An Updated 2009 Immunization Schedule For Children To Receive Vaccines.
By receiving a vaccine your body is able to build immunity to a disease by developing antibodies to fight off germs. Prior to certain vaccines people would have to get sick with the disease first in order to build up immunity to it, which in some cases resulted in death.
Vaccines are administered at certain ages in order for them to work most effectively. Below is a schedule provided by the CDC with guidelines on when and which vaccines children should receive as of November 2009.
If you are concerned about your child receiving a specific vaccine, or worry about your child receiving multiple shots at one time, it is best to discuss your concerns with your pediatrician in order to come to the best solution for you and your child. For more information on concerns and explanations to these issues visit the Center for Disease Control and Prevention website for answers and updates on vaccine safety.
Childhood Immunization Schedule
- Hepatitis B (HepB) - At birth your child will receive their first vaccine – Hepatitis B, which is caused by an infection in the liver. A 2nd dose of HepB is recommended between the ages of 1-2 months and again between 6-18 months of age.
- Rotavirus (RV) – There is 3 doses of RV recommended at ages 2, 4 and 6 months of age. The virus infects the bowels and causes severe diarrhea.
- Diphtheria/Tetanus, Pertussis (DTaP) – This vaccination is recommended at months 2, 4 and 6 as well as a 4th dose between 15-18 months of age. A fifth dose is recommended again at 4-6 years of age. The CDC explains that these diseases are serious and caused by bacteria.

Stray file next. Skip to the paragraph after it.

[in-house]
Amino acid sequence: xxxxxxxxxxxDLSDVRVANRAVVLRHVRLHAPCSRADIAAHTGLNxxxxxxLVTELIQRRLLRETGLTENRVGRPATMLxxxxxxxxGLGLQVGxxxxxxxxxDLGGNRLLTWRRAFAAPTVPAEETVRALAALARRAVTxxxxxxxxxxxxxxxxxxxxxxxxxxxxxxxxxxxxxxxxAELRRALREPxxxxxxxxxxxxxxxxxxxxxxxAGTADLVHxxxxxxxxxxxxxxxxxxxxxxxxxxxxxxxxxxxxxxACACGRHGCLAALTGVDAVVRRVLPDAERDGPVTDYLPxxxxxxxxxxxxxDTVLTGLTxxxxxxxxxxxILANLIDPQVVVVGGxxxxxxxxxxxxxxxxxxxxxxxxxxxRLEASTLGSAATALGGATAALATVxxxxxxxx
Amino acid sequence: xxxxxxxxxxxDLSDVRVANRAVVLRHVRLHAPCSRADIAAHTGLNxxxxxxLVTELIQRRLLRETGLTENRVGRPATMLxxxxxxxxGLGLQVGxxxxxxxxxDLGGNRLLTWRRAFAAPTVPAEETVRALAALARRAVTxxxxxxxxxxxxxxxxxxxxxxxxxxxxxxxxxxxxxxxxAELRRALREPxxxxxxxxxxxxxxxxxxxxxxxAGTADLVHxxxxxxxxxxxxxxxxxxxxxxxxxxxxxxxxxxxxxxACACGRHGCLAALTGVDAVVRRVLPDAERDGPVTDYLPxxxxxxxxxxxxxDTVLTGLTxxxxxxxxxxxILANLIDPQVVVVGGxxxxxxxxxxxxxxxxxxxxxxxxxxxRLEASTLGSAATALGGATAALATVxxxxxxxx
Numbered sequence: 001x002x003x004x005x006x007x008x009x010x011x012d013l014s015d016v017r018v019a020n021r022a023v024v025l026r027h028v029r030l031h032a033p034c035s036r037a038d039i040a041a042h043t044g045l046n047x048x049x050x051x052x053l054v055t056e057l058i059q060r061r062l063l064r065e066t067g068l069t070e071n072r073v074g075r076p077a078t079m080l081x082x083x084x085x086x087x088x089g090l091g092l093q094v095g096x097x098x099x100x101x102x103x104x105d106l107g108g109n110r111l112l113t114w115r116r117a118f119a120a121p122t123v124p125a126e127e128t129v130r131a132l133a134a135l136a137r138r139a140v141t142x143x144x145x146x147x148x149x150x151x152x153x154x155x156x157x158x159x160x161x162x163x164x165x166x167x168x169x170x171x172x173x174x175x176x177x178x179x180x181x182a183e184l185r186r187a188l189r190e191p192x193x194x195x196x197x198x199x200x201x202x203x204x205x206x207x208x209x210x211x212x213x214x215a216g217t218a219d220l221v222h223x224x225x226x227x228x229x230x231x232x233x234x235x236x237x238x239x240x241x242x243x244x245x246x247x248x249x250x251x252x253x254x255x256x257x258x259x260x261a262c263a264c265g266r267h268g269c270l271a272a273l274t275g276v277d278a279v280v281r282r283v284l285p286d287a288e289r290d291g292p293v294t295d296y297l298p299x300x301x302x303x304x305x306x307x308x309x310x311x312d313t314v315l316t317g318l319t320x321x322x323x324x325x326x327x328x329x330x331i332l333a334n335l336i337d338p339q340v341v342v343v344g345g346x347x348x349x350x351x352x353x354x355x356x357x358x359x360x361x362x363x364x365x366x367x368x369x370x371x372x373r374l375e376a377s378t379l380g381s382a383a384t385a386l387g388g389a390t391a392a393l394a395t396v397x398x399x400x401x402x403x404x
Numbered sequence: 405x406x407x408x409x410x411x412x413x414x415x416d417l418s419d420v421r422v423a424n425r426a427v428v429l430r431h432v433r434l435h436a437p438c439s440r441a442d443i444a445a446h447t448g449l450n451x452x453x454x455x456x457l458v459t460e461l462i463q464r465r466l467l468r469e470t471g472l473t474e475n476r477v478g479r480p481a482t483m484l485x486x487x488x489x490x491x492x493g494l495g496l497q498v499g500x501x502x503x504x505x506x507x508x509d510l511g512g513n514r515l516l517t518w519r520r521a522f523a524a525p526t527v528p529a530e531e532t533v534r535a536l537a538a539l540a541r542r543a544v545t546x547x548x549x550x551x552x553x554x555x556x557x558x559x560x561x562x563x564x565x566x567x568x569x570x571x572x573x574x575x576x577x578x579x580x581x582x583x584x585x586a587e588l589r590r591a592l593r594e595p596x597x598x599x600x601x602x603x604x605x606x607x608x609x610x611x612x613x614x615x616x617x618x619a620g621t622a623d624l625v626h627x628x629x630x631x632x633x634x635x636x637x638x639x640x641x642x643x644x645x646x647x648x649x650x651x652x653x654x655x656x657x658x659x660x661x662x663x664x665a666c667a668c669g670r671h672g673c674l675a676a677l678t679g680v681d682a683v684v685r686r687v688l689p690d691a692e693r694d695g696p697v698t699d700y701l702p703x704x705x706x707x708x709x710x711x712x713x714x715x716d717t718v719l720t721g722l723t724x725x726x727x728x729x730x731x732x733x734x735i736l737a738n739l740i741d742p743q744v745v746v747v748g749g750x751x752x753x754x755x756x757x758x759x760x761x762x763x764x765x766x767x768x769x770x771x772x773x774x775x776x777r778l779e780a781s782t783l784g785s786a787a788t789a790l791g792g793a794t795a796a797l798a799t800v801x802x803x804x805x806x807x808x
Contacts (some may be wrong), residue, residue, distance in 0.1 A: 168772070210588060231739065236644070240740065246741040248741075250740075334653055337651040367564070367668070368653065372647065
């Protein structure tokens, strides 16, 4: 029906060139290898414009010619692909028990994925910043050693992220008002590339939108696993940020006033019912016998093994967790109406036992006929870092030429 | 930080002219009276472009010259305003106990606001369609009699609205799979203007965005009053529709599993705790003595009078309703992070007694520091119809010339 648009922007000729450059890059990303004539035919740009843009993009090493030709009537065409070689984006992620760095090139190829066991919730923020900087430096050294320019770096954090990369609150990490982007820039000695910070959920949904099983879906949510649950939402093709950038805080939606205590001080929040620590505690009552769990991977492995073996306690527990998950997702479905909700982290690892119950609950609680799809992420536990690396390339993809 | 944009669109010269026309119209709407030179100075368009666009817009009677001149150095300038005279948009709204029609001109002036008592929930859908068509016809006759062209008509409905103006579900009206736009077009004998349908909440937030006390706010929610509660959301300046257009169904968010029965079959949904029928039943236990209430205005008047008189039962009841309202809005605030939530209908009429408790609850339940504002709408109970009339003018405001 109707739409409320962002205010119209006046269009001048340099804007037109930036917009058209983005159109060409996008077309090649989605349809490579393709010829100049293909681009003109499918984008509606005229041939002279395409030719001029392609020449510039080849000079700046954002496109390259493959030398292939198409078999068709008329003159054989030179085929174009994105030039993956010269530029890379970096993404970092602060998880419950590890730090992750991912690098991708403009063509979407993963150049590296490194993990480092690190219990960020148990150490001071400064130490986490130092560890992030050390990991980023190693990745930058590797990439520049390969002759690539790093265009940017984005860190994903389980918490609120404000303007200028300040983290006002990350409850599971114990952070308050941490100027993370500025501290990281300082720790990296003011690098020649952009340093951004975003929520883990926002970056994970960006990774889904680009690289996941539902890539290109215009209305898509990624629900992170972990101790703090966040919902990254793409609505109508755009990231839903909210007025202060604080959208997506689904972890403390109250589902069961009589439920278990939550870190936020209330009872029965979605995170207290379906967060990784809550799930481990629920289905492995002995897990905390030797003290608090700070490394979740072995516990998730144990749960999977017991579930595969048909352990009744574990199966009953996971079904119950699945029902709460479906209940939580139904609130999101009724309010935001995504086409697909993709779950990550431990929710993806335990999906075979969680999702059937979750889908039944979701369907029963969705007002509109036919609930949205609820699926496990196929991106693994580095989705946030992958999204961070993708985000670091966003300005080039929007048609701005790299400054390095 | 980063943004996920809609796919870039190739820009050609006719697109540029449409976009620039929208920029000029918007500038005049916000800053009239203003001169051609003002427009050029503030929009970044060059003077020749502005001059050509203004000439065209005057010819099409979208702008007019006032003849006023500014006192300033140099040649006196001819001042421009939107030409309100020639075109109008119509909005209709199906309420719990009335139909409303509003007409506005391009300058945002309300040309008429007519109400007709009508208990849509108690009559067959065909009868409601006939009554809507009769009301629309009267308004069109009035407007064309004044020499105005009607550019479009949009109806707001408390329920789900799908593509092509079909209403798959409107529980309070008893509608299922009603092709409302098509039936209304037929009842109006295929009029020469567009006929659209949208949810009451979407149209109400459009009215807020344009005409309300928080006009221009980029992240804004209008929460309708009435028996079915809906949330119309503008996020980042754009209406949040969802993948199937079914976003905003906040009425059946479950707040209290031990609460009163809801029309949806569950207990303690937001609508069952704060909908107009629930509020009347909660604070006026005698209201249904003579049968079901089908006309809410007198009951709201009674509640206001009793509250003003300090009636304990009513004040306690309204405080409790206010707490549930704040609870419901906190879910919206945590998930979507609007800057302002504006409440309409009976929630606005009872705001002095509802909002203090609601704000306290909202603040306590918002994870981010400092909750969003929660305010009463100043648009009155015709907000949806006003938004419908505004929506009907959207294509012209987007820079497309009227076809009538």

- Haemophilus influenzae type b4 – Also known as Hib, this vaccination is recommended at 2, 4, 6, and between 12-15 months of age. The vaccine is given to protect against diseases caused by bacteria, and the CDC reports that this, along with other vaccines, has reduced diseases including meningitis in childhood.
- Pneumococcal (PCV) – Given at 2, 4, 6 months and again between 12-15 months, PCV and is given to children to protect against pneumonia and meningitis, which children age 2 and under are at most risk of.
- Inactivated Poliovirus (IPV) – Children ages 2 and 4 months as well as 6-18 months will receive the IPV vaccine to prevent Polio, which prior to the vaccine caused epidemics in the U.S.
Influenza – Given yearly from 6 months and on this vaccine helps protect children from the flu. With so much attention given to the flu and H1N1 virus recently discussing getting the vaccine for you and your children as well as how to help prevent the flu is a must with your health care professional.
- MMR – From 12-18 months and again from 4-6 years of age children are recommended by the CDC to receive an MMR vaccine which protects children against measles, mumps, and rubella.
Varicella – Given between the ages of 12-18 months and protects children against getting the chickenpox. The CDC reports that the vaccine is vary effective with 8 to 9 of every 10 people who receive it are protected from chickenpox.
- Hepatits A – It is recommended that children receive the 2 doses of the HepA vaccine 6 months apart between the ages of 12-23 months. There are instanses where older children who may be at an increased risk also receive the vaccine.
- Meningococcal (MCV) – Given between the ages of 2-10 years of age, MCV is an infection caused by bacteria where fluid surrounds the brain and spinal cord.
Vaccines are tested and are licenses by the FDA before being put into use in the U.S. The CDC monitors the effectiveness and safety of what is being administered to the public under the Immunization Safety Office (ISO) the CDC monitors everything from side effects to adverse reactions to vaccines. The Vaccine Saftey Datalink (VSD) project stores medical records for over 8 million people and watch them for side effects from vaccines. To learn more visit the CDC's website on vaccine safety. Always discuss problems and concerns you have with vaccines with your health care professional. If your not convinced after speaking with one doctor, talk with others to get the more information possible. Be proactive in learning about vaccines as well as how to best protect you and your children from germs and disease.
For more on childhood immunizations:
- How harmful are additives and preservatives in childhood vaccines?
- Pregnancy, baby and swine flu: What you need to know
- Vaccines against biological weapons